|Perl: the Markov chain saw|
I'd like to explain at least my motivations for encouraging the XP changes, and hopefully shed some light on the thought processes involved.
I've read at least one post where the author felt that the changes will reduce the fun for newbies, or make it harder for them to advance. This is the direct opposite of our intention. Though XP may be gained more slowly by all, there was unanimous insistence that we continue to give lower-level users a bonus for voting out. We want to continue to make Perl Monks a fun place to hang out, and a good place to contribute and advance in recognition. Except for the reduced XP-per-vote odds, lower-level users will see no difference in the XP-for-voting bonus. It works the same way as it always did, at a somewhat reduced speed.
Philosophically, any group should encourage/enforce a potential member to learn about the community before allowing him/her into its ranks. Usenet and mailing lists almost universally ask that new people lurk a while before posting. PM does not. It does, however, provide an alternative method of "initiating" new users.
We give the initiate an average of <nobr>1 XP</nobr> per day (25% chance of +4 per day) just for lurking. If a user never posts anything, he/she will reach novice in a few weeks at the longest, just for showing up. When a user reaches novice, we deem him/her "worthy" (because of lurking time) to vote on others' posts. For the next three levels, newer users are encouraged to learn quality in posting, as they judge others' posts and see how their opinions compare to other users'.
This is a Good Thing.
Now, once a user has reached the status of Monk, why do we need to still strongly encourage him/her to learn about the quality standards of our community? We don't. That is why the vote-out bonus stops at Level 5. When you have reached Monk, you are now an experienced, trusted, valued member of the PM community, and no longer need the extra encouragement to participate in PM. You've learned how to be a part of Perl Monks, and you've arrived. Point one (reduce the vote-out bonus), effects this. New users are more strongly encouraged to learn about the site until they are sufficiently experienced.
There is a way to "short-circuit" all of this initiation process: good posts. Here is Point two. With the previous system, a user could join and, by making a bunch of "me-too" or useless posts, "earn" the right to earn voting bonuses and judge other posts without ever learning who this group really is. It was possible to join this community and affect its "persona" without even knowing what the group is trying to be. Perl Monks, as a community, is saying, "We value quality contributions."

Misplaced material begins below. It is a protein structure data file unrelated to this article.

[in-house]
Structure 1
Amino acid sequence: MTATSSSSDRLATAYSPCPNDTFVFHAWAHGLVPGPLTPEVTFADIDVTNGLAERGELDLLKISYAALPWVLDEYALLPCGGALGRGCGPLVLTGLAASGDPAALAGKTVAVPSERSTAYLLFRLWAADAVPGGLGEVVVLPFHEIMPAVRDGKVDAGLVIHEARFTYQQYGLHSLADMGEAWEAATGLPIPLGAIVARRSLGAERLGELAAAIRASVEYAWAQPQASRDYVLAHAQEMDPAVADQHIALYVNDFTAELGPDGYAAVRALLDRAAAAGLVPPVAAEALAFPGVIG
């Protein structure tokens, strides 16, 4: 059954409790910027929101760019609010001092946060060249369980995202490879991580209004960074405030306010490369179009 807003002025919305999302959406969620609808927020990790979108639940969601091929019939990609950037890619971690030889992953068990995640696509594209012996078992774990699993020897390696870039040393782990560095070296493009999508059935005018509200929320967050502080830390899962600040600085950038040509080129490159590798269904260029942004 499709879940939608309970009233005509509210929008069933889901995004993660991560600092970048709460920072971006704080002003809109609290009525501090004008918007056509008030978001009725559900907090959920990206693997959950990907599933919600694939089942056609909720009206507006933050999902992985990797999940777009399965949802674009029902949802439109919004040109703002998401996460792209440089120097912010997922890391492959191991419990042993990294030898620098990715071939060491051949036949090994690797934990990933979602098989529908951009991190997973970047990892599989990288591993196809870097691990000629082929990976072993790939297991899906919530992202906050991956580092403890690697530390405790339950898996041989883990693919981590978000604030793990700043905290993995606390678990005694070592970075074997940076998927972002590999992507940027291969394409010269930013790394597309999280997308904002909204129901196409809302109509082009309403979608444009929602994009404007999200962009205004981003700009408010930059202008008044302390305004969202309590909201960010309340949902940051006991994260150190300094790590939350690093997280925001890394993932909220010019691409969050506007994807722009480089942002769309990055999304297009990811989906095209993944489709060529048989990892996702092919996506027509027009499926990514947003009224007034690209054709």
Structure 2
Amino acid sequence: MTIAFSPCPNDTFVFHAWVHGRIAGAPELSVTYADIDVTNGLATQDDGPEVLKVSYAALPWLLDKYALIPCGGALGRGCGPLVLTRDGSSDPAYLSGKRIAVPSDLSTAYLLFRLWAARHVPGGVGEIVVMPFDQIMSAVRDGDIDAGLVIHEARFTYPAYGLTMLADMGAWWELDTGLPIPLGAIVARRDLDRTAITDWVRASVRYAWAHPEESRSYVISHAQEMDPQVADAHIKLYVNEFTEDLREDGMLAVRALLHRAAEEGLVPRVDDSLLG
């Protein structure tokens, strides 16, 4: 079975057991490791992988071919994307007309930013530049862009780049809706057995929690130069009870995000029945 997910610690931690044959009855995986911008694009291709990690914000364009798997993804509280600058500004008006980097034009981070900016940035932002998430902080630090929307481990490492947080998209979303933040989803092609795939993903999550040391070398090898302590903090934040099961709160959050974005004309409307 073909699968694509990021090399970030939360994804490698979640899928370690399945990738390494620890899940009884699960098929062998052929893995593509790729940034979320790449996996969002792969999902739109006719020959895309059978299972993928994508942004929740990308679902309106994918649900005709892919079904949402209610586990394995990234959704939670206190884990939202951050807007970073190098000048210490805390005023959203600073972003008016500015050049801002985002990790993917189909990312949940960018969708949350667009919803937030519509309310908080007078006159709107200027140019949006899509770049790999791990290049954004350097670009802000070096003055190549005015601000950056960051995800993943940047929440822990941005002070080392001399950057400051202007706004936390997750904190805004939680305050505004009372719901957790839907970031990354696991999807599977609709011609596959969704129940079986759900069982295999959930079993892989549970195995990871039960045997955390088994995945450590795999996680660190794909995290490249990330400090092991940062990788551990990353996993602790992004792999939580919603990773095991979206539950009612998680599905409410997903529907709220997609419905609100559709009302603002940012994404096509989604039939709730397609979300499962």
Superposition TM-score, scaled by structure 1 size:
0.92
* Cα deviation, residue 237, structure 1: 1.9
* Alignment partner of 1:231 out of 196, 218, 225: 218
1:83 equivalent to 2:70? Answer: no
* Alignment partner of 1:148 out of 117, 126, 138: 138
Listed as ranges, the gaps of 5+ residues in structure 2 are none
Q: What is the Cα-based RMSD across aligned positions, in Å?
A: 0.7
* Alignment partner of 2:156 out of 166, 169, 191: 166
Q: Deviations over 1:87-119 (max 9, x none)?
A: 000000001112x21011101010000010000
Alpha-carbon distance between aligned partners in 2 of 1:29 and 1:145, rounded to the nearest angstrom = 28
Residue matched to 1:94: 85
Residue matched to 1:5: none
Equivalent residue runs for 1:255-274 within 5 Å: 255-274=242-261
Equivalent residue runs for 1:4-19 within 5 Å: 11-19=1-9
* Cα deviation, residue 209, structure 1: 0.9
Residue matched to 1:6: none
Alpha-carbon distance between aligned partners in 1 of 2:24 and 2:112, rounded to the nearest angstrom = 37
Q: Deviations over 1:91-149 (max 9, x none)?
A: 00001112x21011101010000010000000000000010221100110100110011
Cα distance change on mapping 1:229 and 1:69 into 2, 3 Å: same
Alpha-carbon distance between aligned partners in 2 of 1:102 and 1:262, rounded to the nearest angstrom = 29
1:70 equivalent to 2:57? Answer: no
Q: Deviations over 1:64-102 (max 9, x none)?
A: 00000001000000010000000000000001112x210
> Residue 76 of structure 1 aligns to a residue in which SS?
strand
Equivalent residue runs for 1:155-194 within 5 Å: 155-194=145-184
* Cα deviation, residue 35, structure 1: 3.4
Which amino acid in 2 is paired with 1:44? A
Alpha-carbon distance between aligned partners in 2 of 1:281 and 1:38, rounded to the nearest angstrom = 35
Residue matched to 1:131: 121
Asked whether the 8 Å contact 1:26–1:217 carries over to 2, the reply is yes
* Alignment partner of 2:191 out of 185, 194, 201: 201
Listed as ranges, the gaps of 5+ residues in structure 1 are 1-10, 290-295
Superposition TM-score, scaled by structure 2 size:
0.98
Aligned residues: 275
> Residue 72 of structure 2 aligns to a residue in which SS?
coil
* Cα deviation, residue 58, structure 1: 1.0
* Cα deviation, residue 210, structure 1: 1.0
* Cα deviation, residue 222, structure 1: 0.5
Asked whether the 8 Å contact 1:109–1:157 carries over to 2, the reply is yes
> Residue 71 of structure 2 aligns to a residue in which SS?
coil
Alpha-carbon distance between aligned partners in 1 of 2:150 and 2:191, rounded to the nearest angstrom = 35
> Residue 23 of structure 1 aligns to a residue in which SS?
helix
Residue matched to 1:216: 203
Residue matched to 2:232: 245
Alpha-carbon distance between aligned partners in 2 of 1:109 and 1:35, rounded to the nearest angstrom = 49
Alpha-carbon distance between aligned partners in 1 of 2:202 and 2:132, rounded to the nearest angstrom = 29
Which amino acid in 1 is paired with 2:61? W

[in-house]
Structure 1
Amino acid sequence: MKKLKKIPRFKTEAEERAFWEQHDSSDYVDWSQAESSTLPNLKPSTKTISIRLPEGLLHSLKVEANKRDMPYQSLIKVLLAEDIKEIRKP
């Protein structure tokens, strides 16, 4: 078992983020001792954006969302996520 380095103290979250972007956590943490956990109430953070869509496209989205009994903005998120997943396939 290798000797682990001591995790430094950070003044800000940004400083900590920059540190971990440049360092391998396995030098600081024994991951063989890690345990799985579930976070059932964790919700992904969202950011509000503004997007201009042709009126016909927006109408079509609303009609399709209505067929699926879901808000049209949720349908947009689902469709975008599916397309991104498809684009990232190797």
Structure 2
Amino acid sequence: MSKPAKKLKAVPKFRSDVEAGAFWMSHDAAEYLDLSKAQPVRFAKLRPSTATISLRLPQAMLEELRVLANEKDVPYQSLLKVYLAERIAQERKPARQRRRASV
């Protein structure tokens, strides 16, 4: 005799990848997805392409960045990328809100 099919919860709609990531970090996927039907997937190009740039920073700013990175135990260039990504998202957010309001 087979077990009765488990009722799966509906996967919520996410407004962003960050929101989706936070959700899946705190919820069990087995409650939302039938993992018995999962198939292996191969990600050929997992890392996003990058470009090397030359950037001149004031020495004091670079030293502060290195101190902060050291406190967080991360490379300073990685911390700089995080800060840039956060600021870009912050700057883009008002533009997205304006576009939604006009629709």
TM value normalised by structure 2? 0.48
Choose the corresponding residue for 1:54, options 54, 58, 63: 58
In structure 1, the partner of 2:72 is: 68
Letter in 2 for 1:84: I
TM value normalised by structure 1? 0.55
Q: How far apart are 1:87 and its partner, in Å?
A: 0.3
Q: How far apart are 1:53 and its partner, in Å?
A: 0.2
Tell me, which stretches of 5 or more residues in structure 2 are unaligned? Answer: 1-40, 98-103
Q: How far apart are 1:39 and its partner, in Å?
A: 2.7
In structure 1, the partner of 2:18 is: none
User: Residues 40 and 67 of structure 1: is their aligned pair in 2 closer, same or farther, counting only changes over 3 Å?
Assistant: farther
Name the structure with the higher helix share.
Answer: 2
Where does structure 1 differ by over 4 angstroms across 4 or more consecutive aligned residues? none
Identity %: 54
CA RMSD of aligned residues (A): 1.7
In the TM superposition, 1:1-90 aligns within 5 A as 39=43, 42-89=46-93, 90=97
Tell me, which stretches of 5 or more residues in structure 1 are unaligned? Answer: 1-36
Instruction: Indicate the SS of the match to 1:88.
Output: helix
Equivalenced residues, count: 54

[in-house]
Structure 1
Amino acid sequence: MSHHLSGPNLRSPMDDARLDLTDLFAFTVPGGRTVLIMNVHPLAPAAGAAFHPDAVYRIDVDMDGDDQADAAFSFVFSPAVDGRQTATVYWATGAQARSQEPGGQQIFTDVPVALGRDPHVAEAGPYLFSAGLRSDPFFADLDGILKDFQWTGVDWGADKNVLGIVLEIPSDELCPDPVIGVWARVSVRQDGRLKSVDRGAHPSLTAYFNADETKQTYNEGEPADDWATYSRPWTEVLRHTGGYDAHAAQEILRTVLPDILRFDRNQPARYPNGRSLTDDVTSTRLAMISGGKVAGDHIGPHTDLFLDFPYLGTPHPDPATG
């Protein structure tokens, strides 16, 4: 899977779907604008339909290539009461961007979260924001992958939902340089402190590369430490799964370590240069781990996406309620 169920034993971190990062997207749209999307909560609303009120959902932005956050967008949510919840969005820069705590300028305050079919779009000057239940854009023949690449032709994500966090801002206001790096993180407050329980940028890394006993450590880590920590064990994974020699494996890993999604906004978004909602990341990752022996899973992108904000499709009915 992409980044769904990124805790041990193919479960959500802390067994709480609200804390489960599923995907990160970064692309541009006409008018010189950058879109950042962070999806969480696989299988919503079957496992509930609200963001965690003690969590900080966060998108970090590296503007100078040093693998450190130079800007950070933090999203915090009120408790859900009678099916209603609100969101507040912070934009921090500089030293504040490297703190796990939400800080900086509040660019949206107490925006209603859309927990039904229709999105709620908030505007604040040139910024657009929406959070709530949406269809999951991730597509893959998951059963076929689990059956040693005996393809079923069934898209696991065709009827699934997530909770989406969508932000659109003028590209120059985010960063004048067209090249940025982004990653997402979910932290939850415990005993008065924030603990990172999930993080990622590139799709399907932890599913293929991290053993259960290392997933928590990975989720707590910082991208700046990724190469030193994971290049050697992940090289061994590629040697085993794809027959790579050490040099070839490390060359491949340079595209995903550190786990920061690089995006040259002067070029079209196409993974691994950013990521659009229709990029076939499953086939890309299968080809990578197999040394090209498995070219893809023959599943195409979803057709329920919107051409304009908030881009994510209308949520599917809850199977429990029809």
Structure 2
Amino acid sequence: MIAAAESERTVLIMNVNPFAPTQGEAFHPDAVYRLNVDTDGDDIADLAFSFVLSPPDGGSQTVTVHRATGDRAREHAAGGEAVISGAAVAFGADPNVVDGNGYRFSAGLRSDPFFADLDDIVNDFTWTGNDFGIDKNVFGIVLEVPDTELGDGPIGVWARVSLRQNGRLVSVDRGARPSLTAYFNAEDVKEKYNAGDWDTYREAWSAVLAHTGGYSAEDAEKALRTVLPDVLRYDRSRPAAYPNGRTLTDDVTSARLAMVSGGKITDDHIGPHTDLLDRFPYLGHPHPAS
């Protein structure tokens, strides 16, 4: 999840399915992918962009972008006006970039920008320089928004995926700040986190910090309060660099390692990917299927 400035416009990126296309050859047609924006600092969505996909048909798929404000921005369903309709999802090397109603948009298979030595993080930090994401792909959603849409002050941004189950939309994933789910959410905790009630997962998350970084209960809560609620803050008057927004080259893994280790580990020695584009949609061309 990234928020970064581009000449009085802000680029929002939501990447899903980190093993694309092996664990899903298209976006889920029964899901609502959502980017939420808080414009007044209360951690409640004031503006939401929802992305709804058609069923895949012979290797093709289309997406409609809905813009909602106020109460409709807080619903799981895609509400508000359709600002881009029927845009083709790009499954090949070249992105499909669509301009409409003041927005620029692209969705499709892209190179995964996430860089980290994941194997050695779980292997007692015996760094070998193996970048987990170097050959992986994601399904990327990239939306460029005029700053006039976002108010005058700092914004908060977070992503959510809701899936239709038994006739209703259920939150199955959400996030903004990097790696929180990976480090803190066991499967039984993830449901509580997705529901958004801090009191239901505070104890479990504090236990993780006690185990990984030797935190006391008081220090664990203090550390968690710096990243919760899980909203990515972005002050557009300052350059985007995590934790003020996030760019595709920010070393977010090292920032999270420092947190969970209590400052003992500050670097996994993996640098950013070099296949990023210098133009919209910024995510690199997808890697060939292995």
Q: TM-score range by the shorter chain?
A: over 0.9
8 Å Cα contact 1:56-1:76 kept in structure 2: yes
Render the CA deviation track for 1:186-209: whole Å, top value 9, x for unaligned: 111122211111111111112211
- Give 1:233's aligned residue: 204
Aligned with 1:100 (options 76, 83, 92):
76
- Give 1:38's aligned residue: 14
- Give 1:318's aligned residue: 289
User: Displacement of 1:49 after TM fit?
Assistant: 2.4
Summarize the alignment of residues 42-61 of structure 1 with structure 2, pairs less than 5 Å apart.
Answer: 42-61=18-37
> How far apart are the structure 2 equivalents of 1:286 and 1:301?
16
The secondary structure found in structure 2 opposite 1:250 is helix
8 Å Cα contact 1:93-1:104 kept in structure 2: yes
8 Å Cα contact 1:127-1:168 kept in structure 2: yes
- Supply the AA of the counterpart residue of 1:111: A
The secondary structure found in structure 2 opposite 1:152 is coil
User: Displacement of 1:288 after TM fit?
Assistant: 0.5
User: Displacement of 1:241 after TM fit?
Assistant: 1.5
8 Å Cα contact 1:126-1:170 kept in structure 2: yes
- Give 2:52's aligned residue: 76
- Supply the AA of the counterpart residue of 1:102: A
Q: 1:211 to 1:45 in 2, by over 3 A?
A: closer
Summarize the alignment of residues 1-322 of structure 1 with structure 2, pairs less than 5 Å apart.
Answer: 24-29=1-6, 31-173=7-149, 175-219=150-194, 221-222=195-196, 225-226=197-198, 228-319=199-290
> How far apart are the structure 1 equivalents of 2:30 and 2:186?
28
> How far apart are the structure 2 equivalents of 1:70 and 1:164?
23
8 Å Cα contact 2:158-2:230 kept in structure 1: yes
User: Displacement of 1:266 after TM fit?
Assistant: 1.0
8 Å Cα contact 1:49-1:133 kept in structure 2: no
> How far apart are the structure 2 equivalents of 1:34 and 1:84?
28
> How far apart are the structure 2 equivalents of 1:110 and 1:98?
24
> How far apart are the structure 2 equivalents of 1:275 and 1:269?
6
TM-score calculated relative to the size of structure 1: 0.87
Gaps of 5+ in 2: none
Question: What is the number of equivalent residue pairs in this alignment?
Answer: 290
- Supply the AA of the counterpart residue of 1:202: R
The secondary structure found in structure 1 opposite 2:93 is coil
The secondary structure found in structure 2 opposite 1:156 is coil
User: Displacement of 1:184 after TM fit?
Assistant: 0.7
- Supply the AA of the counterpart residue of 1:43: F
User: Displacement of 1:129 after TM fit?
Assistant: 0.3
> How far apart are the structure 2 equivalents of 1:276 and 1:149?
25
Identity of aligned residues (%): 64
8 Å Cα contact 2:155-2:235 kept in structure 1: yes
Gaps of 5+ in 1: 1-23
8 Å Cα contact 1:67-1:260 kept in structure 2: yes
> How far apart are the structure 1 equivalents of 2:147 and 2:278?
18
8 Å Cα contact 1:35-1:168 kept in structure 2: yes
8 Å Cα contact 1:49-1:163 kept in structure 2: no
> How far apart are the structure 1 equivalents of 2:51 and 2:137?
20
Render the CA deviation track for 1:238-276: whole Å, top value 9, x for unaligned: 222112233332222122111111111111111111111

"Me-too" and "Thank You" posts are not discouraged. They will not be encouraged as much as before, however. Light-hearted, humorous fun-loving posts will not be penalized, but neither will you get an automatic +1 XP just for typing a sentence or two. We value quality posts, and as a corollary, we will not automatically value a post until it is considered "quality."
The standard for quality is still pretty easy to attain. Someone must vote "++" on your post. That's it. "The +1 voting bonus will be awarded when a node gets its first ++ vote." We are trying to stem the tide of ("Me too!", "Thank you!", or "good point!") responses just to gain XP.
Since we value quality, we want to more richly reward the authors of the highest quality posts (Point three). There was an ever-growing concern about "rep inflation." As more and more users join, and were so strongly encouraged to "vote early, vote often," reputation was beginning to mean less and less. There are a lot of really fantastic older posts, with reps less than many average (at best) newer posts. This is expected. There were few people around to vote on those older posts, so the reps will obviously be lower.
Normalized XP bonuses seek to help evaluate the reputation. If you write a post good enough to receive 4 times the average, you deserve to get mega-XP from that post. You worked hard to write it; the community should reward your effort. Normalizing the bonuses helps the community's opinion have the effect it should. When one user considers your post good enough for ++, you get a chance at XP. When most of the community appreciates your work, you deserve more than just a chance at XP.
By next year, a rep in the 50's may be only above average, where right now, it is worth a place in Best Nodes. We may have to evaluate rep inflation again by that point, but normalized bonuses help ensure that when a node is worthy of Best Nodes, it will be rewarded more highly.
Let me point out the other main motivation for Point one
(eliminate the vote-out bonus after Monk status). Having
achieved the rank of Monk and higher, it became more
"profitable" to vote out than to contribute. An
Abbot (with 25 votes per day), could expect an
average of 6 XP from the 1/4 odds, and could depend on
12 XP for the vote-out bonus. 18 XP per day, just for
voting! What if there weren't really 25 vote-able posts?
That +12 all-at-once bonus was pretty darn enticing...
This had a double-negative effect.
We encouraged Point one to protect newbies from ourselves, not the other way around.
Anyway, I hope this helps explain some of the motivations. I truly believe this is a necessary and positive change to Perl Monks. Though it may have seemed a bit sudden, this change has been discussed, argued, fought and wrangled-over many times. Other posts in this thread provide some links to the many times this issue was raised right here in Perl Monks Discussion. This was and is all about preserving a meaningful community atmosphere at Perl Monks. I, for one, feel at home here. I hope you do, too.
In reply to RE: Proposed XP System Changes (Our intentions/philosophy)